If you want a friend in Washington, get a dog

Tuesday 15 August 2017 — Homeport: Falmouth Harbor — Best Friend’s Day 

It’s going on eight months since my dog Lurch came to live with me. I’ve been getting to know him, getting to know all about him. This works both ways. He had to get to know me as well. Unfortunately, being a dog, he is unable to read this Anchor column. That is, after all, how you got to know me so well, dear readers.

When I picked Lurch from among the other dogs at the adoption kennel, they told me a bit about him. He’s a lurcher — that is, a greyhound mix. What mix, nobody knew exactly. He was perhaps four or five years old. Maybe two. Nobody knew for sure. He had been brought to Massachusetts with other lurchers by volunteers in the American Lurcher Project.  

Unlike greyhounds, many of these Midwest lurchers live their entire lives outside. At first, Lurch found indoor living discombobulating. Also unlike greyhounds, most lurchers are familiar with other dog breeds. Depending on their age and the type of breed with which they are crossed, lurchers can sometimes run faster than purebred greyhounds, if you can imagine. Lurchers are hunters and therefore likely to chase little fury animals. Lurch needs to be in a fenced enclosure. 

During the months he spent at the adoption kennel, the staff observed that Lurch had previously had little opportunity to socialize with people, but seemed to respond well to human attention and affection. He would happily settle into a “forever home,” they predicted. He did.

Here’s what I’ve since learned about Lurch.

True, he does enjoy being outdoors, but for no longer than 15 minutes — and only when it’s sunny. As soon as Lurch flies happily out the door, he will stop short and return to me. He wants me to sit on the stoop and scratch his chin. First things first.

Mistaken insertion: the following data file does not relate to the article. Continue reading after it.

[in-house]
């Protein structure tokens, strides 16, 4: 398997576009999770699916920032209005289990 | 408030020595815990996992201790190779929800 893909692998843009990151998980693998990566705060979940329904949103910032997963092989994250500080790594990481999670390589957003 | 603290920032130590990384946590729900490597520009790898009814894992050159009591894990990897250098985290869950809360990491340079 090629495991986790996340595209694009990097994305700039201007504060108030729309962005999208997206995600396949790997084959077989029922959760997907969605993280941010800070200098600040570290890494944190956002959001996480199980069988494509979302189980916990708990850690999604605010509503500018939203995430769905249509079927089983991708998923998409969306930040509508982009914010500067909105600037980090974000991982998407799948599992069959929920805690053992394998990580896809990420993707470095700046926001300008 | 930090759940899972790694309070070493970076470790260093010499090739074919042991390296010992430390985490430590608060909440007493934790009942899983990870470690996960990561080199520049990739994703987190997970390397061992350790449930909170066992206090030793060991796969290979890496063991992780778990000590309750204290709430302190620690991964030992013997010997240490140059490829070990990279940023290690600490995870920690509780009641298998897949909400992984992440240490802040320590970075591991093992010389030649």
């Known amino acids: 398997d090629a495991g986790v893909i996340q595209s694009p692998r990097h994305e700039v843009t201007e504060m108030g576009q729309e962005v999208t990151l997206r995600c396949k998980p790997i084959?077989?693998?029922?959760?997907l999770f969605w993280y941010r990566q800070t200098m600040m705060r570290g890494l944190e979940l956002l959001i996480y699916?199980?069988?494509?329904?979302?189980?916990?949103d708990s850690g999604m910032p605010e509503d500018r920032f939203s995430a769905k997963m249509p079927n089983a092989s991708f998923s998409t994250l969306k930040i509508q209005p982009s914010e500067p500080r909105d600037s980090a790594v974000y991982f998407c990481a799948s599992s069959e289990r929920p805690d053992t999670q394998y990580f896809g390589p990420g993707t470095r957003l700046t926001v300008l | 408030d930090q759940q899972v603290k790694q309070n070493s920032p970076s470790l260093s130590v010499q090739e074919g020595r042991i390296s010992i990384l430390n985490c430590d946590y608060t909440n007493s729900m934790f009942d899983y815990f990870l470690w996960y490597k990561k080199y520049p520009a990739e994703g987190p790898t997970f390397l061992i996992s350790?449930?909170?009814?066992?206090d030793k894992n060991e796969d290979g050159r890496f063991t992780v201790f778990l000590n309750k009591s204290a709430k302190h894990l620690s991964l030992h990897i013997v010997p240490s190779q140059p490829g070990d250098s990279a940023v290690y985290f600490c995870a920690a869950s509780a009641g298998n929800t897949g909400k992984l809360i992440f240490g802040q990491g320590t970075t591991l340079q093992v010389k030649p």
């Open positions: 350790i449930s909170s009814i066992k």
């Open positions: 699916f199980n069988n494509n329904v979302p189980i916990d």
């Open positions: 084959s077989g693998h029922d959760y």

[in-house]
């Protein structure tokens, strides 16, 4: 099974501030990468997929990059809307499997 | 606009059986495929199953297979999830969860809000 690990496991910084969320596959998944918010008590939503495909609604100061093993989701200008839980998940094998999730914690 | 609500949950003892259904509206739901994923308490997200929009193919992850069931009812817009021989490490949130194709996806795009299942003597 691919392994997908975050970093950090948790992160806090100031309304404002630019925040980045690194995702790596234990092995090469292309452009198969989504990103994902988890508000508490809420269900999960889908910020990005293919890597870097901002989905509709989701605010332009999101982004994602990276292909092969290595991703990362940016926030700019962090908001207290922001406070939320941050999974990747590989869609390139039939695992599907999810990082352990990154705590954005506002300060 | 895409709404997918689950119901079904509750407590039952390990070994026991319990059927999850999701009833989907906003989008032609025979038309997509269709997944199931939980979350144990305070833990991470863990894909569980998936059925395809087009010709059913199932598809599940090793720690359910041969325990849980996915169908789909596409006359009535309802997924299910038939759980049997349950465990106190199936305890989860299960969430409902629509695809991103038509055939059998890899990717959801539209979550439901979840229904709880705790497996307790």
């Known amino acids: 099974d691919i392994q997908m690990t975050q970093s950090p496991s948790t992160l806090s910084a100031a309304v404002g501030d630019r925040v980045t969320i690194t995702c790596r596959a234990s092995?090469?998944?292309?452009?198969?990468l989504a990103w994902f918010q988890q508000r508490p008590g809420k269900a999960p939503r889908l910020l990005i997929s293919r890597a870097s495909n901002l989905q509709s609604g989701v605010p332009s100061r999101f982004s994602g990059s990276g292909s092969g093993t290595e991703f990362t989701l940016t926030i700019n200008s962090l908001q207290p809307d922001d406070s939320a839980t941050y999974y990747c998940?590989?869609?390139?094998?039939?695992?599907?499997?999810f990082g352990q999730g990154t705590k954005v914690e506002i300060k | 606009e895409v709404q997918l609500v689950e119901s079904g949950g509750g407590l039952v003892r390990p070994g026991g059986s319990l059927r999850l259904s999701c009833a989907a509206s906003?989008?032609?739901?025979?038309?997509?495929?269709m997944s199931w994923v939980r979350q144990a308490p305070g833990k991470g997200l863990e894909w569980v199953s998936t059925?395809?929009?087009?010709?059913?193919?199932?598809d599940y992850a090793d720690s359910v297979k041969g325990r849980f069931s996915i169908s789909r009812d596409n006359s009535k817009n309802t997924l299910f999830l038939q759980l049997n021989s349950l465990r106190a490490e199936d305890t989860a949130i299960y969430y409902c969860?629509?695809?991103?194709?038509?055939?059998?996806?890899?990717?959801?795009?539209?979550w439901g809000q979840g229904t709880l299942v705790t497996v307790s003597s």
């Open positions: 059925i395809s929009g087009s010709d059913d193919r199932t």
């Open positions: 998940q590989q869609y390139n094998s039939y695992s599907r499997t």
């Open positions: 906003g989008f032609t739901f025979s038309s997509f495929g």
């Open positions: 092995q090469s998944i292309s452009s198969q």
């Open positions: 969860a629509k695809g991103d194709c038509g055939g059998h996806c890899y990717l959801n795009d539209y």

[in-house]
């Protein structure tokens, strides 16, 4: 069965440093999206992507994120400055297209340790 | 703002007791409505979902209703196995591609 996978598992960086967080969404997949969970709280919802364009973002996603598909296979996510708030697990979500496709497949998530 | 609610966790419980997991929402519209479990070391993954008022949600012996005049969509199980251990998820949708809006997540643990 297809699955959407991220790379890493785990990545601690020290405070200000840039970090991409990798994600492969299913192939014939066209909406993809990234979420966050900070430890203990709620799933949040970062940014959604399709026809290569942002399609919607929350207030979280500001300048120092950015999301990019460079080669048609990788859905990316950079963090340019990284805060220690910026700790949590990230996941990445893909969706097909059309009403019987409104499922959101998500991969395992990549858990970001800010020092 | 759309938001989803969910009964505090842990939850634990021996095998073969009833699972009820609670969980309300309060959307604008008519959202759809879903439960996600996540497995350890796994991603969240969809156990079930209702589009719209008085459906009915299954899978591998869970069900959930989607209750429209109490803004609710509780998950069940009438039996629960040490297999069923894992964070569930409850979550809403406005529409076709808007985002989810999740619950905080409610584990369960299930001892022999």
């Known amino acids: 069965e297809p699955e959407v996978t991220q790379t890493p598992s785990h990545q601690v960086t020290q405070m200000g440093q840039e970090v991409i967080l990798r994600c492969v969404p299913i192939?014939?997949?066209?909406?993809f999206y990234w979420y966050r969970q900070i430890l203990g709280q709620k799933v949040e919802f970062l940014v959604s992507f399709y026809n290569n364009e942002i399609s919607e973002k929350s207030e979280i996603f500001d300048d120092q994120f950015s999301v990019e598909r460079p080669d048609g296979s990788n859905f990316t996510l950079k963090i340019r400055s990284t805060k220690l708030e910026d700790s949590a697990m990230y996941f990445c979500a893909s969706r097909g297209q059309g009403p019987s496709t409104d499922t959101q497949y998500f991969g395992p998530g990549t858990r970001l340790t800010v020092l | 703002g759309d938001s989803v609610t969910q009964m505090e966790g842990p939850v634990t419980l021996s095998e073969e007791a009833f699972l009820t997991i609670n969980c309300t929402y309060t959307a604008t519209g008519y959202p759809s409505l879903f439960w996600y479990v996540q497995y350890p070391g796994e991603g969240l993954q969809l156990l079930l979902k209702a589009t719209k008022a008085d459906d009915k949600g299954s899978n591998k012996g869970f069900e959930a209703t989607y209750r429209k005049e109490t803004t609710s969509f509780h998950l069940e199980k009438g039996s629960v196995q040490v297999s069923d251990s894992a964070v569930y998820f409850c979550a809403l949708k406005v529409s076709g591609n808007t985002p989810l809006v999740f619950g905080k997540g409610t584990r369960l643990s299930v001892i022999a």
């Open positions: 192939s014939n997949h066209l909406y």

Lurch likes to lie upside down in the grass. This is called “roaching.” Before he finds a nice spot for roaching, however, he’ll run around the yard like a maniac. He does indeed run faster than a greyhound, but he runs in figure-eights. This would not win races. If I seem disinterested in his game, he will stop and bow at my feet. I, of course, am expected to acknowledge the bow by cheering him on in his race to nowhere in particular. 

Lurch is never happier outdoors than when he’s digging. This is not a greyhound trait. It’s the result of his mixed genes, I suspect. I’m now guessing he’s a greyhound crossed with a beagle. Beagles are famous for digging. Greyhounds are sight hounds but beagles are scent hounds. On his father’s side, Lurch spies anything that moves but on his mother’s side, he loves the smell of fresh earth. I tried to discourage this behavior, but then I thought: Why? What real harm is it doing? He was born to dig. Knock yourself out, kid. Your mother would be proud of you.

If it’s raining, forget going out in the yard. He may be an outdoor dog, but Lurch has enough common sense to stay indoors when it rains. Romping in a snowdrift is totally out of the question. 

Initially, Lurch suffered some separation anxiety. If I left the house, he would pace and roo until I returned. Rooing is a kind of moaning howl greyhounds make in order to reconnect with the pack. He must have inherited that from his father. Fortunately, Lurch got over it. He now seems to realize that I’ll soon return and goes right back to sleep. Nevertheless, he’s always at the door to greet my return energetically. 

When I’m at the rectory, Lurch flops down in whatever room I happen to be in, curled up on a comfy cushion. Sometimes Lurch will sneak off, but I see him. He’s curious to know what’s in the out-of-bounds rooms of the rectory.

Lurch eats only when he’s hungry but he sleeps anytime. The one food he’ll never refuse under any condition is a pizza crust. Although he has learned to appreciate some high-end doggie treats, he remains unimpressed with stuffed toys. Just toss him an empty plastic bottle and he’s happy. 

Lurch doesn’t like sudden noises, not even a sneeze. A passing motorcycle will set him on high alert. In a rainstorm, he tries to hide someplace the thunder won’t get him (as in Father Ray Cambra’s old room). When he hears firecrackers going off, he makes a beeline for my bedroom closet. 

Lurch has limited English language skills. He knows his name. He knows “cookie-cookie?” The word needs to be repeated rapidly in succession. He knows “wannagout-wannagout?” spoken as a single word and with exaggerated enthusiasm. Lurch may have a limited vocabulary, but he is a master of body language. He knows how to read me at least.

Lurch is now part of my life, dear readers. We’ve gotten to know each other. To paraphrase President Harry S. Truman, “If you want a friend, get a dog.”

Anchor columnist Father Goldrick is pastor of St. Patrick’s Parish in Falmouth.


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